Today, a quarter of a century ago, the Anti-Fascist Protection Rampart erected by the Democratic People’s Republic of Germany (DDR) dividing the traditional capital of Germany, Berlin, in two as it continued it journey for 1,393 kilometers from the Baltic Sea to Czechoslovakia, became past tense.
The government of the DDR (we called them East Germans) who had held their own citizens hostage for a generation announced all could now freely visit the West. No one, to my knowledge needed to be told twice.
As someone who was in the Federal Republic of Germany when it happened, I can only say it was an amazing moment to be alive. When all was said and done, tanks and bombs and barbed wire were beaten by bananas, blue jeans and rock and roll. We had the latter three in abundance and Ivan & Co. had no chance and even less choice.
The eastern zone, under the boot of the Red Army since the collapse of the Third Reich, had the highest standard of living within the Warsaw Pact and was still pathetically poor. Watching tiny cars like the Trabant and the (only) slightly larger Wartburg, with their small national identifying oval “DDR” on the trunk lids, struggle to keep up with the traffic in the slowest lane of the autobahn zwischen Koln and Munchen, I felt sorry for people whom we had feared for decades.
Meeting East Germans in small groups in those days, always together for safety perhaps from a world that had passed them by, I felt I was speaking with the German equivalent of Rip Van Winkle (he would, of course, have been Von), awakened from the nightmare of a Worker’s Paradise to find themselves in a Kapitalist Nirvana waiting to take their butts for every ost-mark they had.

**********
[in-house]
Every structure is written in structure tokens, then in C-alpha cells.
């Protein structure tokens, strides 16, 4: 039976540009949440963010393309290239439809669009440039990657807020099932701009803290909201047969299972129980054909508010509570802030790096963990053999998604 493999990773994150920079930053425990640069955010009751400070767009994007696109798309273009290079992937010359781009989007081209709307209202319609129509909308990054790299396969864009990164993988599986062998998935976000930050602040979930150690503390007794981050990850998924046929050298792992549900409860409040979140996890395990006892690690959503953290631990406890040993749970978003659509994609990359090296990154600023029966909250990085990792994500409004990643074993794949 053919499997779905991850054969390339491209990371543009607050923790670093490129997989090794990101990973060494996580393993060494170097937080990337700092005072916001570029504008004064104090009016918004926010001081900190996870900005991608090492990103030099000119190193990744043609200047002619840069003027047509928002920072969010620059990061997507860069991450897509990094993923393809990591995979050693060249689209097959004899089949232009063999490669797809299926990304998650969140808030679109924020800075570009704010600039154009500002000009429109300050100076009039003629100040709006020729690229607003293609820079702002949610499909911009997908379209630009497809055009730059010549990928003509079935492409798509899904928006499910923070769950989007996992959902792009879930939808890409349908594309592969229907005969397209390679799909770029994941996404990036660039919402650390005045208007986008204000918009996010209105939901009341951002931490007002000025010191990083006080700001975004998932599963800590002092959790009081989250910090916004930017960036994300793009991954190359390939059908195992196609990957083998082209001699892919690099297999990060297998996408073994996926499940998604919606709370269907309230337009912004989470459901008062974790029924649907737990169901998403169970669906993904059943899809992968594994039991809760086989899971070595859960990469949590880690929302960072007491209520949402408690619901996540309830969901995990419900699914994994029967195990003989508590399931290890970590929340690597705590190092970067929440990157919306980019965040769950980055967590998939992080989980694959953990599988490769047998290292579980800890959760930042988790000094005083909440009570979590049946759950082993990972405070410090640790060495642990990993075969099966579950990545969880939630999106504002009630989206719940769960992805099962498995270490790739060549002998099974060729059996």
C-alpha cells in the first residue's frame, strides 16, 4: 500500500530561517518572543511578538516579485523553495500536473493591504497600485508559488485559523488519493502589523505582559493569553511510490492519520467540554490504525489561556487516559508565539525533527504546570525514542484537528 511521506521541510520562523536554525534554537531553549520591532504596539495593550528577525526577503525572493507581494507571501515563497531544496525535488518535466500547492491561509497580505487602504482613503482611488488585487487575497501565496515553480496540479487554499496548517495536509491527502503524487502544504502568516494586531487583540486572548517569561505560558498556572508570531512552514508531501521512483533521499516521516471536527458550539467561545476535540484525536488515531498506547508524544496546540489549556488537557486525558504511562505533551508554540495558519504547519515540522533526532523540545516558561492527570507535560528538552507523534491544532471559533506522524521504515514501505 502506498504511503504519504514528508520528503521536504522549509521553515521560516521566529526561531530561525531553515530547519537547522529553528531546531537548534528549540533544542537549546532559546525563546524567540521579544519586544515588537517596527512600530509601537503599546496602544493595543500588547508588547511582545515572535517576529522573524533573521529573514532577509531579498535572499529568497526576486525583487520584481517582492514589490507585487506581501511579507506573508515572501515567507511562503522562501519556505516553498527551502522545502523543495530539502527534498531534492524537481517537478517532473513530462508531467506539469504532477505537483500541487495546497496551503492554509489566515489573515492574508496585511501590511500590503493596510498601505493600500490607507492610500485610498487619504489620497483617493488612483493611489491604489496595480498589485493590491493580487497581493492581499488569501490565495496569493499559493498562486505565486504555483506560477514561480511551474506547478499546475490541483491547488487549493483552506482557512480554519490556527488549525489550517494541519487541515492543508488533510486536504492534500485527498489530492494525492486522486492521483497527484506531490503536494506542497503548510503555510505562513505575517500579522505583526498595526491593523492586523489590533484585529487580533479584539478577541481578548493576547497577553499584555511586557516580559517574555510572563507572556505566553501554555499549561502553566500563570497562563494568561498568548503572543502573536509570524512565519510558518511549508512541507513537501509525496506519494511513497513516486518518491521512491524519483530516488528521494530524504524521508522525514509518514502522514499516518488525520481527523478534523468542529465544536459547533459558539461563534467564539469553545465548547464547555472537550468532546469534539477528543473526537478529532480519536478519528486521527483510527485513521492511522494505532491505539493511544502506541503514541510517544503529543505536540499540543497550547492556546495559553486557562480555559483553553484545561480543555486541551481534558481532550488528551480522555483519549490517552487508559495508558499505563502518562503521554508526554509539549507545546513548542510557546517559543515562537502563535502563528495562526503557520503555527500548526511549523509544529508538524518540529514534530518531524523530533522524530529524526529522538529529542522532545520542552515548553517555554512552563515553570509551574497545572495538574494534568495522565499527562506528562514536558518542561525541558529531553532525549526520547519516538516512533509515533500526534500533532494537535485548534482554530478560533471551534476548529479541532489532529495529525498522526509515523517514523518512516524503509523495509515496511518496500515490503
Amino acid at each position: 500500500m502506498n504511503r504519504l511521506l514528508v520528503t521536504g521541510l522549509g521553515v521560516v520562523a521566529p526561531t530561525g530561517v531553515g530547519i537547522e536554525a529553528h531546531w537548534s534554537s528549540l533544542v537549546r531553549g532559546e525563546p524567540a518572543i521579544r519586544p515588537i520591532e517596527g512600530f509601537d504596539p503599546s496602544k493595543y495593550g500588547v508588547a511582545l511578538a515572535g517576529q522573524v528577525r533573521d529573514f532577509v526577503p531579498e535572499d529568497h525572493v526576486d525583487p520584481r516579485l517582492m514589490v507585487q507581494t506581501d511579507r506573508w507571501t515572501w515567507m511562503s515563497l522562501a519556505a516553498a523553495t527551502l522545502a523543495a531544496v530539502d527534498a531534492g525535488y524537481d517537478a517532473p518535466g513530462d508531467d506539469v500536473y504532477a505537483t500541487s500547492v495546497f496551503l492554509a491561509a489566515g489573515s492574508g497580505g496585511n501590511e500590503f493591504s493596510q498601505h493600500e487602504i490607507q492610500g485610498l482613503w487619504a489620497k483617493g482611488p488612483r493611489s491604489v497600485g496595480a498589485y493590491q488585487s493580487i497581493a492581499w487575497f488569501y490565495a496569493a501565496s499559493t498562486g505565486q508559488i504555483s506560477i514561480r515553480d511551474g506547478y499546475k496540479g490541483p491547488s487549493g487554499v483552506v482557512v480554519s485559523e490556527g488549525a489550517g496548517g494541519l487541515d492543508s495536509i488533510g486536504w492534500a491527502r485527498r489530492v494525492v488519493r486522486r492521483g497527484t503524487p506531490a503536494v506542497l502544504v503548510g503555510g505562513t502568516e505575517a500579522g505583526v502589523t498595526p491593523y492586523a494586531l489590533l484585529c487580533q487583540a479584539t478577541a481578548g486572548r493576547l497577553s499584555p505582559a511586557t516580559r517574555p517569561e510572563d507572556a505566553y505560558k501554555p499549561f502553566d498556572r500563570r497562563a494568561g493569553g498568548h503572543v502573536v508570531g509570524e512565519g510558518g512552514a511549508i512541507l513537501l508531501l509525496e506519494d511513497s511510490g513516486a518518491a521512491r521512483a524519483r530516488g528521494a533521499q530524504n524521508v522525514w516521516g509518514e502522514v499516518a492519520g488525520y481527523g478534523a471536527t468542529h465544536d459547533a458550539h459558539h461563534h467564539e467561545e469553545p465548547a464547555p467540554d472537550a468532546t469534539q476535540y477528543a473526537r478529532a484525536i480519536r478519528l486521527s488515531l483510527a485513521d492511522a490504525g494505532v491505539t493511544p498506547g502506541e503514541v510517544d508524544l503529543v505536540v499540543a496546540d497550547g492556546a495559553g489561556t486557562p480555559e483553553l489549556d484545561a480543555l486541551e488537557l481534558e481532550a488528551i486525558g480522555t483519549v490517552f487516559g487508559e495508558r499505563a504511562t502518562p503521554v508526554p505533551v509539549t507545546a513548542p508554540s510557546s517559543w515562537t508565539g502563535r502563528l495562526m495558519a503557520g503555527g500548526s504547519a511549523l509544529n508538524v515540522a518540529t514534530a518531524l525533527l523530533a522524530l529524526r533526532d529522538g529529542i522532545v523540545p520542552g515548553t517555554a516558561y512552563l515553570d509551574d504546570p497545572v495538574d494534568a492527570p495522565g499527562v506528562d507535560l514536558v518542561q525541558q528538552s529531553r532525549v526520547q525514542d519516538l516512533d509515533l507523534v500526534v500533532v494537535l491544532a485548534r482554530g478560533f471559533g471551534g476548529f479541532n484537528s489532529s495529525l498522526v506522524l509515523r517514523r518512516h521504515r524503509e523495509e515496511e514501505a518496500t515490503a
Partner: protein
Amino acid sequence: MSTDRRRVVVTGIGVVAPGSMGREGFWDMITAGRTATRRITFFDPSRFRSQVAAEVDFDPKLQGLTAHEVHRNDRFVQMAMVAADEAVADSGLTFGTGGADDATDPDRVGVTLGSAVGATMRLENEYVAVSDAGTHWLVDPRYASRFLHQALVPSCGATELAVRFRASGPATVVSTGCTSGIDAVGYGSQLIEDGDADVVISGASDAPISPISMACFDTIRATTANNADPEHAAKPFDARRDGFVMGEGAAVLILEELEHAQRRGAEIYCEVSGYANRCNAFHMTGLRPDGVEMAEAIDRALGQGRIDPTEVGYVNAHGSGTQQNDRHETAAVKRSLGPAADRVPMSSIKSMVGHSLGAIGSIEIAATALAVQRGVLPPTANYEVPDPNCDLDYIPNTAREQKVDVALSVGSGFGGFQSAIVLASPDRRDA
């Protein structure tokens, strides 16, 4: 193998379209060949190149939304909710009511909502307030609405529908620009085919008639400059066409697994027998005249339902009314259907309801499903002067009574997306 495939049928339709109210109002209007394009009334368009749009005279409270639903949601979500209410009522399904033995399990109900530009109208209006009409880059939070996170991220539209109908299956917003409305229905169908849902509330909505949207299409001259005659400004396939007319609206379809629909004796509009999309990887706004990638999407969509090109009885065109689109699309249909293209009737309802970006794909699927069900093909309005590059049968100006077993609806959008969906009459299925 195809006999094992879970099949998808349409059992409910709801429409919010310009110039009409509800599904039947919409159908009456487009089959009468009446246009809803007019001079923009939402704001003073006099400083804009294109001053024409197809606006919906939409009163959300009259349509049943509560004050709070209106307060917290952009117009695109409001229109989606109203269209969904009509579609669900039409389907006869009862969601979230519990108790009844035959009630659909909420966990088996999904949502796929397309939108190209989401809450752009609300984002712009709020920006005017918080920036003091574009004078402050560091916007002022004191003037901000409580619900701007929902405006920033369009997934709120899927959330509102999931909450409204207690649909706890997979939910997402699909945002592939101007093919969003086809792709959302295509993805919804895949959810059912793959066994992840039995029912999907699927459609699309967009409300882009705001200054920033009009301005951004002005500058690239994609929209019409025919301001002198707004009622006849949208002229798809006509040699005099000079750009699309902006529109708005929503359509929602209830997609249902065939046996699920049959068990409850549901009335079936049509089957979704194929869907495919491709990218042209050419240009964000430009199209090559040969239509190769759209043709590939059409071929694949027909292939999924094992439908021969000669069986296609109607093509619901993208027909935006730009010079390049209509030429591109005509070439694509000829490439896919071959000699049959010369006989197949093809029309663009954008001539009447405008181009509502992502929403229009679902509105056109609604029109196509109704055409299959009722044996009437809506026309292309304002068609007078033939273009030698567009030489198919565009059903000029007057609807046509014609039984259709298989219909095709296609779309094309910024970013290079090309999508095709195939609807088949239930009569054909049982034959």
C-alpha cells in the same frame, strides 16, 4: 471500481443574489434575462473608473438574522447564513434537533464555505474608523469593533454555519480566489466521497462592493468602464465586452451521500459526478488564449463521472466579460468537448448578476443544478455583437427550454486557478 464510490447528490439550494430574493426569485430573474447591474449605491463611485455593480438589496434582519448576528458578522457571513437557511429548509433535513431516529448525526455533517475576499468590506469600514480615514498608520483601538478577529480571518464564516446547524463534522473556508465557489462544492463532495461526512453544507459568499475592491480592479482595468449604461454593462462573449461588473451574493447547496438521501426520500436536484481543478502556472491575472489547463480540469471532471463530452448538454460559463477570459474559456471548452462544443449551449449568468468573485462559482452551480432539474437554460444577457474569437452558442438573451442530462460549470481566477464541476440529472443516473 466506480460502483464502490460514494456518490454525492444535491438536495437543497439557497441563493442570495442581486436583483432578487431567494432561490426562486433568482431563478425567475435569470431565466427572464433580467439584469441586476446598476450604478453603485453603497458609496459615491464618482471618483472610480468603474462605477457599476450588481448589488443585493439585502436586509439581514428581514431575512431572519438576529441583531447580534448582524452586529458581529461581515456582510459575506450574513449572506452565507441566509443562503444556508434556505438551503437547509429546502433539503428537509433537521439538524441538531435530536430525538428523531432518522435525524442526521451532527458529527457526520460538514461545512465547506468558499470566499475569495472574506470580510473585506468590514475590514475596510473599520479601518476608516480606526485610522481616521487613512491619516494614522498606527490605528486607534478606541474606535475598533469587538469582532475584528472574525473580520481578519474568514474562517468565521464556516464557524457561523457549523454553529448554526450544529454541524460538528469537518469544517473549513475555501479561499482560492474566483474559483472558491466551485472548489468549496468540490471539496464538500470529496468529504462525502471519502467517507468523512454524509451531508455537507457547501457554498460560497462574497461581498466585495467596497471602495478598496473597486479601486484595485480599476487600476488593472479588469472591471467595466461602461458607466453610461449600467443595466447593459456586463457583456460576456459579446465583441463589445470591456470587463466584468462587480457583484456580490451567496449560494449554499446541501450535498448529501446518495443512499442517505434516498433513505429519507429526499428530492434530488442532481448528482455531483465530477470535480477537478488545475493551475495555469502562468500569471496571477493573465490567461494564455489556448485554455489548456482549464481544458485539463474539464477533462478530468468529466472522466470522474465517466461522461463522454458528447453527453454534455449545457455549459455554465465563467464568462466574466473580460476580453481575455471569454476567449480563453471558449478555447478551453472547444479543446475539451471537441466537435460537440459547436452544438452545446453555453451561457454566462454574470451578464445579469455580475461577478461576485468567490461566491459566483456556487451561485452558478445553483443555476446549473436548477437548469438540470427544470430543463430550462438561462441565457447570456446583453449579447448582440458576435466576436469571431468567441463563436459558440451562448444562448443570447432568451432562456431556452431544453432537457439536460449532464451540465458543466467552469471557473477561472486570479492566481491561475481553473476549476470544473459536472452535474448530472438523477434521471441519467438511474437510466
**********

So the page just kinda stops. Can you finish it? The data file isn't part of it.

I’d see them in the Kaufhof or irgendein lebensmittel markt and watch as they shyly picked up the different tubes of toothpaste, wordlessly marveling over a universe of choices for a mundane household item we took for granted but about which they could have only dreamed. For some, fresh fruit was nectar at an oasis.
I sent a video crew to Berlin just as the trickle became a flood because I ‘knew’ the moment had arrived. I was lucky; the people I worked for trusted me and I was beyond grateful when Mark C, the principal videographer, came back not only with remarkable footage and interviews but with a piece of the wall that was spontaneously being deconstructed, weighing some twenty pounds or so (unlike these).
He gave it to me with a smile saying he knew of no one who would appreciate it more. He was right. I still have it. Flat, in a box swathed in bubble wrap, having survived not only Mark’s trip from Berlin to The West but ours from Offenbach am Main to Norwich, Connecticut. The places where you can find pieces of the wall scattered around the world are thought-provoking and awe-inspiring. And, not so coincidentally, the stuff of governmental reports.
It’s not been very often since that I’ve felt again that unfettered optimism, that belief that the solution to most, if not all, of our world problems was actually within our grasp as I did during those heady days after the brick wall had been torn into a million pieces but before the one in our heads had been rebuilt, even higher than before.